There exists many interesting facts in direct conflict with the Watchtower society, or are just not brought forward for some reason or another by the Watchtower Society. This is a well known fact amongst many observers, and previous Witnesses, that the Watchtower Society either hides the evidence by not mentioning anything about the material, or indirectly by misquoting the source (as is the case of the Ante-Nicene Fathers). I have selection from Raymond Franz’s Crisis of Conscience. The author says that,
Yet the adoption of this amendment [that in 1944 an amendment was passed requiring that a “maximum number of 500 persons, selected by the corporation’s Board, would be the only ones with a right to vote.”  ] as to voting members was presented in articles in the Watchtower of December 1, 1971…as being an occasion of such significance and magnitude that it became a focal point in the explanation of the prophecy of Daniel 8:14, regarding the 2,300 prophetic days connected with the ‘bringing of the sanctuary into its proper condition.’ I doubt that one Witness in a thousand, if shown that verse today, would ever connect it up with 1944 and the corporation amendment made then [own italics for emphasis]. 
It would be a wonder as to how accurate the aforementioned statement is. If it is a
rarity then this only confirms the final conclusion that there exists certain doctrines, and verses related to certain doctrines that are either hidden, or not that well expounded (current evidence brought forward on the concealment of Daniel 8:14 is welcome) For example, in regards to the hidden evidence of ancient writers in regards to the Seventy Years of Desolation, that “…the Watchtower Society fails to mention that Berossus’ statement is clearly supported by the most direct reading of Daniel 1:1-6.”
The book by the previous author, The Gentile Times Reconsidered, is no longer published, and is indeed a rarity. The author makes note (still under the same heading: Misrepresentation of Ancient Writers) that the Watchtower Society hides the “fact that Josephus, in his third and last reference to the period of Jerusalem’s desolation, states that the desolation lasted for fifty years, not seventy [in Against Apion I, 21]!
The Watchtower Society tries to raise doubt by the contrary evidence by quoting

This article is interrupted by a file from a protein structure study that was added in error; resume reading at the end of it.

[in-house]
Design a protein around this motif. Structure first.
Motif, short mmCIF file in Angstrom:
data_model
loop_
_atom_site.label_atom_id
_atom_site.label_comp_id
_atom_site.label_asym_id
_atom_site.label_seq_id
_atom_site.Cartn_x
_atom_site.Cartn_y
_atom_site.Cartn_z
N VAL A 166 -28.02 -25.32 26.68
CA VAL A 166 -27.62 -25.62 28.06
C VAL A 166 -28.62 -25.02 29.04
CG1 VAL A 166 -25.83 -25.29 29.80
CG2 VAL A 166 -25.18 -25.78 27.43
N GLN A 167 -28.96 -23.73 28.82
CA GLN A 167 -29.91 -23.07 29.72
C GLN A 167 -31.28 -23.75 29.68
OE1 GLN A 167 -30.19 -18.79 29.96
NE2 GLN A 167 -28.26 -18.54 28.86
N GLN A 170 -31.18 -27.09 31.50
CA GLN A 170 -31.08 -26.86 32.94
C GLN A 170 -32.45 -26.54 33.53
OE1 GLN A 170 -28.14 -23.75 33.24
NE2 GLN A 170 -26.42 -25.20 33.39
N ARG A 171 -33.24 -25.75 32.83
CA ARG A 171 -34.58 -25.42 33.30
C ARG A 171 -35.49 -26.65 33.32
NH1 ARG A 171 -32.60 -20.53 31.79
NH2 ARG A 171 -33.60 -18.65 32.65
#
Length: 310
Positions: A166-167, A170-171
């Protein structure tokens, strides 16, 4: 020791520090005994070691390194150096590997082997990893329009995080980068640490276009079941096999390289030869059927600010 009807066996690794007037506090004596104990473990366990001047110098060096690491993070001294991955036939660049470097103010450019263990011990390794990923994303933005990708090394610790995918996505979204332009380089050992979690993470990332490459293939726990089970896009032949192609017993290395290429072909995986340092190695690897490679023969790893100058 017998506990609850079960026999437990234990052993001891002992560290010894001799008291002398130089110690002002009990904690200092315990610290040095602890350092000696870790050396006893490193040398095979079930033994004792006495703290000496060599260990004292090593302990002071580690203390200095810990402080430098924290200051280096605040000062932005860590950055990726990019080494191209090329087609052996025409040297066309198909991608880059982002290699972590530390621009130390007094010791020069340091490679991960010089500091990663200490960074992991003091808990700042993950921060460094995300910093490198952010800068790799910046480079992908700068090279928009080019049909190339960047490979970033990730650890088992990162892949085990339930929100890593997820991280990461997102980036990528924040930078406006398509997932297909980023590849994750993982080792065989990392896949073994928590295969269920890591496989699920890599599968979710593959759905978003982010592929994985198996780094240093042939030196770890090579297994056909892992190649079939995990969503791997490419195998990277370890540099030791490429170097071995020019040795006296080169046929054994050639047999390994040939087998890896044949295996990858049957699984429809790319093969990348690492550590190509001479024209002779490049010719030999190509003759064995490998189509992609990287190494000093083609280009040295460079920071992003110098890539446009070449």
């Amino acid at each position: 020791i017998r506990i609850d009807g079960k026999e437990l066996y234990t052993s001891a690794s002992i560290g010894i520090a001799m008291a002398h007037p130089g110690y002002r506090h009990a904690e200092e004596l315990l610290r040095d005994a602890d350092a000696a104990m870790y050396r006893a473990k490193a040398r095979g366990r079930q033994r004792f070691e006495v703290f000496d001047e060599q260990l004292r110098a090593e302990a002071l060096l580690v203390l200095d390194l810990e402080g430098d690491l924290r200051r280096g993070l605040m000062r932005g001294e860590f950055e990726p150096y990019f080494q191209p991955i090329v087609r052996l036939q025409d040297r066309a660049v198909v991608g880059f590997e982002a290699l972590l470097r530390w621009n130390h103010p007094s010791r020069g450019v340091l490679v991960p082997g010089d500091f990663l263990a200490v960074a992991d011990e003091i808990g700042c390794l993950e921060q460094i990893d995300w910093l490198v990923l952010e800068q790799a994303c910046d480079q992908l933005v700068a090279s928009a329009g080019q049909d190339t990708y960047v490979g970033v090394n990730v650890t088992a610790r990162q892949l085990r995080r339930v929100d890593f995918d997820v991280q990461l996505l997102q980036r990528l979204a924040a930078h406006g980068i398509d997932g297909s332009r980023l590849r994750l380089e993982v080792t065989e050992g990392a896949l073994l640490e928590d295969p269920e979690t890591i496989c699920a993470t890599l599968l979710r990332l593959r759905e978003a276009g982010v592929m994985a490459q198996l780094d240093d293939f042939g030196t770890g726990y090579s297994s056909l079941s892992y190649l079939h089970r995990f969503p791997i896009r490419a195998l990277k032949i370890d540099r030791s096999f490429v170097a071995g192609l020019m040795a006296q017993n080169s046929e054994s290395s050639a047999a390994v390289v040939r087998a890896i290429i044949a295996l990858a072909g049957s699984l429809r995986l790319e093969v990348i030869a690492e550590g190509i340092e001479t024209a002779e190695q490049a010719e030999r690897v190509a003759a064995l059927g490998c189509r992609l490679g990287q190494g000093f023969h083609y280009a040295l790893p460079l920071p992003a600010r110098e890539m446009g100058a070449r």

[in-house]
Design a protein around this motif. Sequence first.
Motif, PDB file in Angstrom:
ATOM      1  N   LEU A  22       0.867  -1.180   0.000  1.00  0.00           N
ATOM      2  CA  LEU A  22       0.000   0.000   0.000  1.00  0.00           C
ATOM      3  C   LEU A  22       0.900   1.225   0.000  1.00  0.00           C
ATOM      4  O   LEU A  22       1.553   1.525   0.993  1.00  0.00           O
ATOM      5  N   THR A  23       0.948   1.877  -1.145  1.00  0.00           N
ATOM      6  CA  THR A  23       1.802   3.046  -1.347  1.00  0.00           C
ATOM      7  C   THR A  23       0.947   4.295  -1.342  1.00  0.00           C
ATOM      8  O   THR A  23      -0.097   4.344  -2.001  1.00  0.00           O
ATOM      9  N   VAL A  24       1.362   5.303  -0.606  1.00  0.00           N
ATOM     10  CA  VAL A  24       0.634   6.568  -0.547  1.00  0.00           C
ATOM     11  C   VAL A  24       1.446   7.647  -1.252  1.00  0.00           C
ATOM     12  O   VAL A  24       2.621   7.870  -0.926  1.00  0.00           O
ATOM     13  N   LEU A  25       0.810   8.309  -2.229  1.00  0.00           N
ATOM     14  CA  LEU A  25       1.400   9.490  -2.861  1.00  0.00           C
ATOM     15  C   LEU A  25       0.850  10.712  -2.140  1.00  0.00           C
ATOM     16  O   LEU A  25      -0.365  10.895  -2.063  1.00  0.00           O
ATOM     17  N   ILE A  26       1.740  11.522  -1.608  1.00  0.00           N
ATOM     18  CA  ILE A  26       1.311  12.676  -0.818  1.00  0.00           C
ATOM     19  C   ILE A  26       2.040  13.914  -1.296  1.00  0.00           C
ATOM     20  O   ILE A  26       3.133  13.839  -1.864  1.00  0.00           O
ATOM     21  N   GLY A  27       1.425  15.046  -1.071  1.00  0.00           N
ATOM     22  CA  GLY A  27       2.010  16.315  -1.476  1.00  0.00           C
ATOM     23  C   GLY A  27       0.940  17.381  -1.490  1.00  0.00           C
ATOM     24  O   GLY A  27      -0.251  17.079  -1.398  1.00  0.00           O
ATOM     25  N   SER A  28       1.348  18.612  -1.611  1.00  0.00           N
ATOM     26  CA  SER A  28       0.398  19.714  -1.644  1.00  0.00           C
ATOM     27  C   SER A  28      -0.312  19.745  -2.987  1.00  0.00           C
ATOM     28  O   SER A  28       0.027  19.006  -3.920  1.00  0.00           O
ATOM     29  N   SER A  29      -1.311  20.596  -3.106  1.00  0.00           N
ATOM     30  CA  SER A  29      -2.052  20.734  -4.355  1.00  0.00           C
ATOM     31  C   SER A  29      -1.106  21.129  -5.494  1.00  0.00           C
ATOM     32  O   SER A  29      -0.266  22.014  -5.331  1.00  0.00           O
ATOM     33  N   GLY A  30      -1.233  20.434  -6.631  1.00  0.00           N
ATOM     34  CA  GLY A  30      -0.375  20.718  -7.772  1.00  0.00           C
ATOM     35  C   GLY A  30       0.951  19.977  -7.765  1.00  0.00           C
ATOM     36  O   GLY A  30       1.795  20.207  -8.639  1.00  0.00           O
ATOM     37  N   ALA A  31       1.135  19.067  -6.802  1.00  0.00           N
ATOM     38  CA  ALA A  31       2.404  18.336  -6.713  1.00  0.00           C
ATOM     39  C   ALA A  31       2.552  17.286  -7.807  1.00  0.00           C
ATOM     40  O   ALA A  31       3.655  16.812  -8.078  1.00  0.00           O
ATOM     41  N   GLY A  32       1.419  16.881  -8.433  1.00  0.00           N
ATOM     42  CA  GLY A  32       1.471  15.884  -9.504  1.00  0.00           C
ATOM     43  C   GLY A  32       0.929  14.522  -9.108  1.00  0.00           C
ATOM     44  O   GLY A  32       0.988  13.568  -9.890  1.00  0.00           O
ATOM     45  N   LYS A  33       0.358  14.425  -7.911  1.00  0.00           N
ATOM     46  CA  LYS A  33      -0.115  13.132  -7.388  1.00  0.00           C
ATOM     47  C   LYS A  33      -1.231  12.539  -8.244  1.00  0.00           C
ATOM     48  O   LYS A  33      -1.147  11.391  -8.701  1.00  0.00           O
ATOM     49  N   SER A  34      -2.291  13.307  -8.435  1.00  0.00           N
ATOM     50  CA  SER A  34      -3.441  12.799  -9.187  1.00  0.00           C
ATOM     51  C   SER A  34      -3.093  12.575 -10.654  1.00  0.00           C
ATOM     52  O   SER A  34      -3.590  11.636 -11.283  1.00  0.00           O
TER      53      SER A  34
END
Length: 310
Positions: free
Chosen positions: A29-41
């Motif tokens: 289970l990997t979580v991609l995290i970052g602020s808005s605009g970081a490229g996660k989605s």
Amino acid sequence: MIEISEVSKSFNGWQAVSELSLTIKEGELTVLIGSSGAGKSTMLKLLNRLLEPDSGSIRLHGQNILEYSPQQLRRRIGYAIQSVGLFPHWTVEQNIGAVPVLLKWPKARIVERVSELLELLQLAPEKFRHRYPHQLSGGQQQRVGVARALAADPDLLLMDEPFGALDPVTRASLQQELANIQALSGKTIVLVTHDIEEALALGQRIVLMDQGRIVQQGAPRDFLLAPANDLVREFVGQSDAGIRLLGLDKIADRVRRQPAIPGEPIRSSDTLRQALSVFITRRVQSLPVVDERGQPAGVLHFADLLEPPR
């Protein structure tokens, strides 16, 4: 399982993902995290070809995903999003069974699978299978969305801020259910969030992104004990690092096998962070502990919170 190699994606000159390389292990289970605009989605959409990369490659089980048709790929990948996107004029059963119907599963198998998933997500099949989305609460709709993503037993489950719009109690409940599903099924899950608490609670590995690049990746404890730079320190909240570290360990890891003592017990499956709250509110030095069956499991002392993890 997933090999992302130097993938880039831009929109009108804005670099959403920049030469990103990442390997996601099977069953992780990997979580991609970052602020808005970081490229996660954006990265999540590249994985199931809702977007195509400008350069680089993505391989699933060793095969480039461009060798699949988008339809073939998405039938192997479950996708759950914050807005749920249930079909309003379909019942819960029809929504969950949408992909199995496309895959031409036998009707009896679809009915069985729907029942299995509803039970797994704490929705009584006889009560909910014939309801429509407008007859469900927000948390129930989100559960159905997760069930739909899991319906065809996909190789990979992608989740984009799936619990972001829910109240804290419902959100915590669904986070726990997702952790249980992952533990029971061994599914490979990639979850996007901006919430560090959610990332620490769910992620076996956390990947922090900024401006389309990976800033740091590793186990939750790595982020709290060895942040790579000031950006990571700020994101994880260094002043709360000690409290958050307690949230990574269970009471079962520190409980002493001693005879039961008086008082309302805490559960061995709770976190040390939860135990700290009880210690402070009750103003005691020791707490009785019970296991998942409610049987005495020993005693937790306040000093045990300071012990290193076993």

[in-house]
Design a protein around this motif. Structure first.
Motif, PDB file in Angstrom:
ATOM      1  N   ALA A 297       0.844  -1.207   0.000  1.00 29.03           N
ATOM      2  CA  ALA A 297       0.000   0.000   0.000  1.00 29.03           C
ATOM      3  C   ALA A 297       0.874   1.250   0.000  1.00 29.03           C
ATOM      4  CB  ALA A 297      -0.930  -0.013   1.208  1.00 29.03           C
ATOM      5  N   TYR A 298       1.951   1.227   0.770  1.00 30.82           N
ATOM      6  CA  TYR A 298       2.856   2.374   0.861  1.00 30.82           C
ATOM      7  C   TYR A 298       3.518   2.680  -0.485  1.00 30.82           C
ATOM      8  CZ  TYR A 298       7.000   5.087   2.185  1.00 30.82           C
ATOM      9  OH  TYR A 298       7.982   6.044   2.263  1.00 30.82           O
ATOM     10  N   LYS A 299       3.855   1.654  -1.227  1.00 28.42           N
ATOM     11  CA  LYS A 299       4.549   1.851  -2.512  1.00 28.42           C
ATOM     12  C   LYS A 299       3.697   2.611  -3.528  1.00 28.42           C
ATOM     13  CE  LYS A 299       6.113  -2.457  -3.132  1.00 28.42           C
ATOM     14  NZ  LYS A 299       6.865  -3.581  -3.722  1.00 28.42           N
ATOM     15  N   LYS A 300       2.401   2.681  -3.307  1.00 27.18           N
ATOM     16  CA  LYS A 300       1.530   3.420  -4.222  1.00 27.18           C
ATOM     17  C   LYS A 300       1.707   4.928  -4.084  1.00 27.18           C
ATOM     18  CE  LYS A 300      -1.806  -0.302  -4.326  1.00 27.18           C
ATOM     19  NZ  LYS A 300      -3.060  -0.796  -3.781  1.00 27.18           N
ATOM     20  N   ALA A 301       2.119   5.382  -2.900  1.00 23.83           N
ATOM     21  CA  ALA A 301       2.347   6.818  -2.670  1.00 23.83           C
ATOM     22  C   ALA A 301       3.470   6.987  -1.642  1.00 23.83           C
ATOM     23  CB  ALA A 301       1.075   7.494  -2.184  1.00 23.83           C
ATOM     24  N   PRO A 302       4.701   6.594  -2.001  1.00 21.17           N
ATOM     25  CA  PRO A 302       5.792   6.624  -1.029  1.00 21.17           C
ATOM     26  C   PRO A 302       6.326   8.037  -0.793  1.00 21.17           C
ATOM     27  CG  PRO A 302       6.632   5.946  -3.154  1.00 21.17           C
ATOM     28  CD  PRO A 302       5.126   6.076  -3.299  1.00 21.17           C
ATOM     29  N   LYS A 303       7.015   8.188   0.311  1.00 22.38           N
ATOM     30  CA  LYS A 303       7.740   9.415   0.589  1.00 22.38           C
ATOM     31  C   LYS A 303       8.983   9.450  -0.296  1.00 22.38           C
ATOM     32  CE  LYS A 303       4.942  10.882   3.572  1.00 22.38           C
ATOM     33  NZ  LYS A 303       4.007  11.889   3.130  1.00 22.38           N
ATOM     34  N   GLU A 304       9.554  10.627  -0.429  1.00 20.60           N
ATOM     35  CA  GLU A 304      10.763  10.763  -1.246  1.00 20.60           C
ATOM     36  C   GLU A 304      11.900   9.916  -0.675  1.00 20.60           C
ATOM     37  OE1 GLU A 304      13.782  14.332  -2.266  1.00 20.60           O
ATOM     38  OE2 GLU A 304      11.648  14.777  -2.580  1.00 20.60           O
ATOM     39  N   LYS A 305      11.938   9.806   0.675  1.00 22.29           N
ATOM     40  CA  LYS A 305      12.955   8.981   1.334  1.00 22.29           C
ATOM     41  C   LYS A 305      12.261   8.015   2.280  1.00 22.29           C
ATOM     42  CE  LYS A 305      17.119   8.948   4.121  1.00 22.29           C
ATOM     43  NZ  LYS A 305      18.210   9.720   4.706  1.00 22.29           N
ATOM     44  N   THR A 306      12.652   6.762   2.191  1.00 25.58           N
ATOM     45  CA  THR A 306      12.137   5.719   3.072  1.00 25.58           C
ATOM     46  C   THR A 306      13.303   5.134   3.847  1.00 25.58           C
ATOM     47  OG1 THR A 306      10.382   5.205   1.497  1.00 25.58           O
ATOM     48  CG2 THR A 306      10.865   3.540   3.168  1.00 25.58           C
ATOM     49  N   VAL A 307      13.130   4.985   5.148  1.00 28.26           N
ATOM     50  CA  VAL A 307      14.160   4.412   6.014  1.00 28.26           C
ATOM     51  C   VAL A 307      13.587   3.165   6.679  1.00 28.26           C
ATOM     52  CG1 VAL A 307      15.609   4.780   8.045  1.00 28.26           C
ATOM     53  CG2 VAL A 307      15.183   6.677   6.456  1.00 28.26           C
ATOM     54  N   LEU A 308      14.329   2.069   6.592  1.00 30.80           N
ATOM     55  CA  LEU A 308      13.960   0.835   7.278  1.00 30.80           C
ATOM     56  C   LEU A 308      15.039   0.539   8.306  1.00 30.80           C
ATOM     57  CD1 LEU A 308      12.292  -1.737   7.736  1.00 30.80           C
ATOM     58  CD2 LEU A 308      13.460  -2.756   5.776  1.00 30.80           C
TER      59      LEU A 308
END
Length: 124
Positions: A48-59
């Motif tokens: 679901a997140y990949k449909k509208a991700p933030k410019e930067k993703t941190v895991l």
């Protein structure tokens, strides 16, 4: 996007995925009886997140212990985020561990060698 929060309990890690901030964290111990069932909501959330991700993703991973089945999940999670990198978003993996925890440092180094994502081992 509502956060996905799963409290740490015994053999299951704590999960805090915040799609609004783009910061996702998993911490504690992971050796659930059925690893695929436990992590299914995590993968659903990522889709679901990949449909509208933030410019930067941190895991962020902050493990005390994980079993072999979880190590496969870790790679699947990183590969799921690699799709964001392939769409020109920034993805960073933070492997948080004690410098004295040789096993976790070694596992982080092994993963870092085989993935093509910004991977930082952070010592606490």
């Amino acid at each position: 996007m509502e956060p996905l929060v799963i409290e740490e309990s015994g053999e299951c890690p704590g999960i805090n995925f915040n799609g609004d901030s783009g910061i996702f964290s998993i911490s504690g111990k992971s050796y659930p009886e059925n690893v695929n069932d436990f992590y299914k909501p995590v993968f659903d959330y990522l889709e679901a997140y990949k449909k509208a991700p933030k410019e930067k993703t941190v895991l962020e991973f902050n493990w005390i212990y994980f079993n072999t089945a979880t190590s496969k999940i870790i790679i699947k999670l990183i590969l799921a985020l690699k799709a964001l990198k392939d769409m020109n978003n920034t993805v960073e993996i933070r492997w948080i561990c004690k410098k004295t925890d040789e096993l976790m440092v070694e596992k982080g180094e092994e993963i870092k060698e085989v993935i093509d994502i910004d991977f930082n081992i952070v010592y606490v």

Josephus, and Theophilus who was the bishop of Antioch. But little is known amongst most elders (who talk with a scholarly tone about Josephus’ works) that “The chronology of the Septuagint version disagrees completely with that of the Hebrew text…”  The evidence brought against the Watchtower Society’s 607 B.C.E. date (thus allowing them to arrive at their 1914 date), including biblical, is too many to count, especially considering the archeological support. An interesting example of the historical data comes from the thousands of business tablets, which Johnson says, “If twenty years have to be added to the Neo-Babylonian era in order to place the destruction of Jerusalem in 607 B.C.E., where are the thousands of business and administrative texts dated in those missing years?”  An exhaustive study need not suffice here, but just to show an example from Jonsson’s book, a Neo-Babylonian chronology was presented, which was published by R.P. Dougherty, and based upon over two thousand business and administrative documents. 
Nabu-apal-usur 21 years (625-605 BC)
Nabu-kudurru-usur 43 years (604-562 BC)
Amel-Marduk 2 years (561-560 BC)
Nergal-sar-usur 4 years (559-556 BC)
Labasi-Murduk a few months ( 556 BC)
Nabu-naid 17 years (555-539 BC)
The importance of the business and administrative documents is that they confirm not only agree with the evidence given by Berossus’ King list, Ptolmy’s cannon, the astronomical diaries, and Nabonidus’ royal inscriptions, which the Watchtower Society mentions.  But the Watchtower Society does not say anything about the business and administrative documents agreements refuting “the notion that the information on VAT 4956 [the author makes the reading difficult by failing to mention here that VAT 4956 is a astronomical diary] could have been concocted during the Seleucid period.” 
I had missed the opportunity to study a course in ancient Israel this semester, since a mistake was made by dropping the wrong course. I have had the opportunity to study from a friend’s library who lives close by. Writing this down keeps me busy, until I have I go back to school again.
 Raymond Franz, Crisis of Conscience (Atlanta, Georgia: Commentary Press, 2002), 103.
 Carl Olof Jonsson, The Gentile Times Reconsidered (Atlanta, Georgia: Commentary Press, 1986), 151.
 Ibid, 153.
 Ibid, 155.
 Ibid, 60.
 Ibid, 64.